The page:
Saturday, November 15, 2008
a regret
While writing my review of Jay Asher's Thirteen Reasons Why, I found myself going off on a personal tangent that, while interesting, was not particularly appropriate for the purposes of a book review.  Even while I was writing it I knew I was eventually going to remove it, but I allowed myself to write through it anyway since it seemed to be serving some sort of personal catharsis.  On any normal month, that passage would have been highlighted, deleted and eventually forgotten, but this is no typical month.  This is November.  And so, in the spirit of my November 1st warning, here's a post that would have never otherwise seen the light of day were I not in the throws of trying to meet such an absurdly high word count goal by the end of the month.  It's quite confessional, and for that I apologize.  I'll make attempts at something a bit more lighthearted for tomorrow...

I met Jason eight years ago, when he was fifteen and I was twenty-two.  It was my very first day of teaching, and he was a sophomore student in my 6th hour American Literature and Composition class.  Most of the other names and faces from that particular class have long since faded from my memory, but Jason remains quite clear in my mind's eye for two reasons, the first being that he was the first true test of my authority. 

As a first year teacher, I was young, excited and more than a little nervous about the narrow age gap between myself and my teenage charges.  Both my student teaching and a brief stint in the trial-by-fire that is teaching summer school had prepared me for the eventual test of my authority, but I was confident that one of my greatest strengths was building mutually respectful relationships with teenagers.  And so although I knew that my age, appearance and small stature might be, at first, a handicap, I was confident in my skills of diffusing and disarming those moments of temporary insanity that even the most level-headed teenager eventually falls victim to.  What I was not prepared for, however, was for such a test to find me on my very first day.

From a classroom management perspective, the first day of school is, at least theoretically, the easiest.  We teachers go over our syllabi, while the students sit like lumps and listen.  Then, if there's time, we start getting to know one another by way of verbal introduction.  That year, I had decided to forgo the kitchy icebreaker activity in favor of a more organic "just stand up and introduce yourself" approach.  Understandably, no one ever enjoys doing this, but most everyone accepts both its inevitability and necessity.  The first four hours had gone by without a hitch, and my final period seemed as if it would wrap up without event.  There were only a few minutes left before the final bell was due to ring, and, after exhausting my list of willing volunteers, I had moved on to randomly selecting students to stand up and introduce themselves.  Eventually, I called on Jason, who then did something I was wholly unprepared for. He said no.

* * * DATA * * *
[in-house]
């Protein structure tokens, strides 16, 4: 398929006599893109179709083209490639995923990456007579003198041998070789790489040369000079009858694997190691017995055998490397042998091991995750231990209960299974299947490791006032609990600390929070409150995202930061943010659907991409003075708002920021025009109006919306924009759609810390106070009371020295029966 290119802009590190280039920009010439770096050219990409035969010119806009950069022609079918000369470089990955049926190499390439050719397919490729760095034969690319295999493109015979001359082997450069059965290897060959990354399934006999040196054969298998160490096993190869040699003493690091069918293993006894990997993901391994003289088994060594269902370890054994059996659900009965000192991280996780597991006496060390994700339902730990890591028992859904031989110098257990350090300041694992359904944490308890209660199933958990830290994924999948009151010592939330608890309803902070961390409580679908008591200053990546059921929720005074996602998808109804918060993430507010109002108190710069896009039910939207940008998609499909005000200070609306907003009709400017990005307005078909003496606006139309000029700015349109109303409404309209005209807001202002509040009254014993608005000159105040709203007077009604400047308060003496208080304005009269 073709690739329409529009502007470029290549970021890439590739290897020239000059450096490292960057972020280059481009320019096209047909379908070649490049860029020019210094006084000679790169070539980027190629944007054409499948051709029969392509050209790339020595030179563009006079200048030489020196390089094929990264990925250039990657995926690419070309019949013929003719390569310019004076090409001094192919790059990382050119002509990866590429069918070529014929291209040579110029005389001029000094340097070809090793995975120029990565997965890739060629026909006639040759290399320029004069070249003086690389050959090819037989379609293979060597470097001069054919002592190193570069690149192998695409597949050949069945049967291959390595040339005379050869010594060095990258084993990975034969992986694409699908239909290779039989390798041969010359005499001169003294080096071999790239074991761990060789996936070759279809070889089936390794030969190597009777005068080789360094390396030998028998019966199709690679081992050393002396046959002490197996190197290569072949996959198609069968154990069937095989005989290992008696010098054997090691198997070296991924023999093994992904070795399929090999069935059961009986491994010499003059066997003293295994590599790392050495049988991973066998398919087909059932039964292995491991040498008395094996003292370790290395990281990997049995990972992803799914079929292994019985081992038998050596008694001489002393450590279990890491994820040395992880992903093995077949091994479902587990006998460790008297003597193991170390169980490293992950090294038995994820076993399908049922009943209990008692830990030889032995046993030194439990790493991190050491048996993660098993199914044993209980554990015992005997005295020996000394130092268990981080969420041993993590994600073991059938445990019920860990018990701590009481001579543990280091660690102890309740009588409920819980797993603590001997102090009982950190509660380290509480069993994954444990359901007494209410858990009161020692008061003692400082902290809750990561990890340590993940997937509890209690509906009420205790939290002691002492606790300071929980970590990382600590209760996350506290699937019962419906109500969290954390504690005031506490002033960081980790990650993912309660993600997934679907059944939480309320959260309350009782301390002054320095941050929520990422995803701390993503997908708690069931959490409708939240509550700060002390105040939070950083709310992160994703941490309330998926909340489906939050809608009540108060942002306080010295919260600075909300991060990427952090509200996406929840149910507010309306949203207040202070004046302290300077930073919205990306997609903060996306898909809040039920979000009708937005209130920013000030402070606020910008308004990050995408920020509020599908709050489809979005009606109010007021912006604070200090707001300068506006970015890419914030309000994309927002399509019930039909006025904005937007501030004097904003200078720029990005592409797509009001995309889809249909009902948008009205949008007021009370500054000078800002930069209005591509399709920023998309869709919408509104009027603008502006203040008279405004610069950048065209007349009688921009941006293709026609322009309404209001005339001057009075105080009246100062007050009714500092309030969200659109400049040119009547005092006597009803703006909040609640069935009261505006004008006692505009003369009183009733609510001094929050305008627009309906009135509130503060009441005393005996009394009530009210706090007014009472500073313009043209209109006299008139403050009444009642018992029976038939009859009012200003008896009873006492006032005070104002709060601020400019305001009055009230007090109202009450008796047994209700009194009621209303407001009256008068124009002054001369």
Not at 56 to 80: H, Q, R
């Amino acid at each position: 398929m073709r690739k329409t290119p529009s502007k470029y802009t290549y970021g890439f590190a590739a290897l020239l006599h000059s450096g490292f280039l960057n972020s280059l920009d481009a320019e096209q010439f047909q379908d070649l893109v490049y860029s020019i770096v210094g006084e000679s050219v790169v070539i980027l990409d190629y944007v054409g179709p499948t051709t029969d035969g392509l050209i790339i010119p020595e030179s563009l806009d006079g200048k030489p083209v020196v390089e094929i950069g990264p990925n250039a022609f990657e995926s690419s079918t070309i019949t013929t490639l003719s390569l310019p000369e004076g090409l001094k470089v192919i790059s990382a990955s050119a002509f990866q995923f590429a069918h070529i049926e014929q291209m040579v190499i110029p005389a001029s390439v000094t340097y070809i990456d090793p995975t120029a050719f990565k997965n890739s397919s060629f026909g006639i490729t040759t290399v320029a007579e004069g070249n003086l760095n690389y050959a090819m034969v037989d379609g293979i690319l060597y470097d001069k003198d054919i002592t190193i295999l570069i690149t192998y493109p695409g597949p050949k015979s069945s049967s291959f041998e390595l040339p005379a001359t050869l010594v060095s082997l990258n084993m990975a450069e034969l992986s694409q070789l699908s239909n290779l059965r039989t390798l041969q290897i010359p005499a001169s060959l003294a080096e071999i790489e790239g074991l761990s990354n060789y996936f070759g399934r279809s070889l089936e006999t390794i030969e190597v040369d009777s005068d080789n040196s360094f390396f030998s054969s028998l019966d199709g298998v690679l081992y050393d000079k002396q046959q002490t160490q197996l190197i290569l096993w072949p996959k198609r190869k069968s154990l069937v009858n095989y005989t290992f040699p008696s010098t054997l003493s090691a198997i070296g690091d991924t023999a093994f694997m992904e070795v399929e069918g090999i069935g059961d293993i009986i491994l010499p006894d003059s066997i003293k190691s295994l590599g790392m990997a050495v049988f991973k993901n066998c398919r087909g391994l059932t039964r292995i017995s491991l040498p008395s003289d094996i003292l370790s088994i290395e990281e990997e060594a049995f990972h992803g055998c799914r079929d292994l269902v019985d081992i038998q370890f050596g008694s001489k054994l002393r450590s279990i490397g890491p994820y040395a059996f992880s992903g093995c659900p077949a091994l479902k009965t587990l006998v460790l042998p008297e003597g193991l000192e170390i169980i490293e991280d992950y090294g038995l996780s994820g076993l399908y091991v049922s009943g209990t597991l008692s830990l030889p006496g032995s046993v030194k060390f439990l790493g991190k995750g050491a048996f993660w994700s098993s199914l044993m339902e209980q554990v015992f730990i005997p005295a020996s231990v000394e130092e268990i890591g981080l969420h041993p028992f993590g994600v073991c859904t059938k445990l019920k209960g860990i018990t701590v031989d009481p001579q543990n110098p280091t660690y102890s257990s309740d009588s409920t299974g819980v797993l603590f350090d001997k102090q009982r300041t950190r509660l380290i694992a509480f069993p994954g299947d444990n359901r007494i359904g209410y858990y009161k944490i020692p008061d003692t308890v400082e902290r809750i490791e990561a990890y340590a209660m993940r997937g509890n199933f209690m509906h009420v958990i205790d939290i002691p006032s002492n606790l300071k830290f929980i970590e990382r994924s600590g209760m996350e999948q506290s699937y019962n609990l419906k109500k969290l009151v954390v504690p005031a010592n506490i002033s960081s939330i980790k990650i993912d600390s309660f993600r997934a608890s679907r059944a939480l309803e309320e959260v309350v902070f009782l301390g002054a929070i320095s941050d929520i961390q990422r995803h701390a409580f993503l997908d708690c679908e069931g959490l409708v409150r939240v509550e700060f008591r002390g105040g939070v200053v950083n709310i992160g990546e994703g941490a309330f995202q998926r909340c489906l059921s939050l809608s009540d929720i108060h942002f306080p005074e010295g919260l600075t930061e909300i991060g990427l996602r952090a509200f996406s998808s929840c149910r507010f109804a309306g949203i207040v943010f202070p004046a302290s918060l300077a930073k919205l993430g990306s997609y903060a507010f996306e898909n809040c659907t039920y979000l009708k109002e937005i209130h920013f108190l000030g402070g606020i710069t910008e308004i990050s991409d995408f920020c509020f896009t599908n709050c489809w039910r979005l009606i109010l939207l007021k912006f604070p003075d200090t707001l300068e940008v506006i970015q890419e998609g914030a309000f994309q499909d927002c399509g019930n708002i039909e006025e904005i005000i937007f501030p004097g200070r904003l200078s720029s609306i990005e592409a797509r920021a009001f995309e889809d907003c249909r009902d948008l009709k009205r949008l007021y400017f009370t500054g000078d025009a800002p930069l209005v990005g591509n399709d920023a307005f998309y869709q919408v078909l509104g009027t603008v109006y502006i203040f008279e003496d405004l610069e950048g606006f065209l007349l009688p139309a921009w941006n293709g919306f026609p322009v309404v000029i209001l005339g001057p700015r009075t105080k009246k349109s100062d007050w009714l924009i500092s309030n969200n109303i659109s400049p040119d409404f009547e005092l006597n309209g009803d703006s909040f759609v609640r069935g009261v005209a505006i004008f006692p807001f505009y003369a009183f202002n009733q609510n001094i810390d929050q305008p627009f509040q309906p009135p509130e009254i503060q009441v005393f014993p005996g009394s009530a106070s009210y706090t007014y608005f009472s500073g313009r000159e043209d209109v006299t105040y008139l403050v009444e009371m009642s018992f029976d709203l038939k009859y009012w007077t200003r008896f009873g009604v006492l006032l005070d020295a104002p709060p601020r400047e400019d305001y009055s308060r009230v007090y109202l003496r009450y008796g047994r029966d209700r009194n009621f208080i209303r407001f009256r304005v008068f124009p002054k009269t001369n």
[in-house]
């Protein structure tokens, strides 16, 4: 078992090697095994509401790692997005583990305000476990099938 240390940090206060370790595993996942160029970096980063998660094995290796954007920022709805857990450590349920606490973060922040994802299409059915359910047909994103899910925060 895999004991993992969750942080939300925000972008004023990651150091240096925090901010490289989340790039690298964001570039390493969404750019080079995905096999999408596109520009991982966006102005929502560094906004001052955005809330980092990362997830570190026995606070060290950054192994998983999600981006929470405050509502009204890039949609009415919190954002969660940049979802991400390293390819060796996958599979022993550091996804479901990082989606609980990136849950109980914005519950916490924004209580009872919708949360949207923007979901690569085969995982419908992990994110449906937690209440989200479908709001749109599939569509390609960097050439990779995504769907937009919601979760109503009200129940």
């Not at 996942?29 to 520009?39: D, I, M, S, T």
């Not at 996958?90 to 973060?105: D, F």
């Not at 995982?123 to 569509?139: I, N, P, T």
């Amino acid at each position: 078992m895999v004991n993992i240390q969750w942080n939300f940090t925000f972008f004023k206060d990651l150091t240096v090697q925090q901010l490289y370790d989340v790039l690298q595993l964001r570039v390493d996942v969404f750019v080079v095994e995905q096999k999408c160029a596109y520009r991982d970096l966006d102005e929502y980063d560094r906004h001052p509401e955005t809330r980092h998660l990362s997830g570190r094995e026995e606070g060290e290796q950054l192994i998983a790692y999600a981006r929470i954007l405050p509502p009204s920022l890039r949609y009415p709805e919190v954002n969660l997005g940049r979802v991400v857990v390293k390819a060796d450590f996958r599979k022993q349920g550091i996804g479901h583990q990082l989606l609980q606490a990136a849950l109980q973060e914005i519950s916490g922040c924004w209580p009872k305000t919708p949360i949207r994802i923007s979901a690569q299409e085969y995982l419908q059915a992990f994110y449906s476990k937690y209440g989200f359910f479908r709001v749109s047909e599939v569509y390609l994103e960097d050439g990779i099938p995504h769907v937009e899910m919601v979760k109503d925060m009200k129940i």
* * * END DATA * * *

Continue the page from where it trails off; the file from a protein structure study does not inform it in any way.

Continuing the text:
I now know better than to handle insubordination this way, but at that time I was relatively untested, and terrified of what this little jerk's firm and public refusal would do to my tenuous authority.  So, rather than just letting it go, I put on my best bitchy tone and ordered him to get up and do what I had asked.  Again, he refused.  I ordered him a third time.  A third time, he refused.  Somehow, I had found myself in the middle of a public stand-off over something so seemingly small as asking a kid to stand up and say his name, and I was at a loss for what to do about it.  

Burning with anger and embarrassment, I ordered Jason out into the hall.   I followed him out, and then unleashed all over him.   For his part, Jason just stood there and took it.  If I remember correctly, he never spoke a word.

After the bell had rung and the kids had left, I called Jason's mother with the goal of nipping this situation in the bud.  My actions seem extreme to me now, but at the time I feared any little crack that might weaken my position of authority.  Jason was a crack.  I explained the situation to his mom, who listened patiently, then apologized for her son's behavior, explaining that Jason has a crippling fear of public speaking, a history of emotional issues, and even attempted suicide that previous year.  She began to softly cry upon reaching this third point.  Naturally, I felt like a total asshole.  Of course there was a very reasonable explanation for Jason's insubordination, but so consumed was I with my own insecurities that I never even attempted any inquiries.

From then on, I never called upon Jason, and I never had another issue with him.  Whenever the lesson called for public speaking, I had already mentally excused him from the task, and for his part, he never acknowledged my "forgetfulness."  He passed through that year in my class like a ghost - doing what he needed to do to pass but little more, and speaking very rarely to the other students in the room.  So afraid was I of doing further damage that I did nothing at all.

Three years later I learned that Jason had managed a second suicide attempt shortly after graduation, and this time he was successful.  This is the second reason he stands out so clearly in my memory.   Unlike other students I've had who've died, I barely knew Jason at all.   I knew he was troubled, but so self-conscious was I of our initial misunderstanding that I made no further attempts to reach out to him.   I can excuse it by claiming that he never reached out to me, but it's clear to me now that this kid never reached out to anyone.  

And so though I can't pretend to understand what he may have been thinking, I do know this: just because he didn't reach out for help doesn't mean he might not have been waiting for someone to notice how desperately he needed it.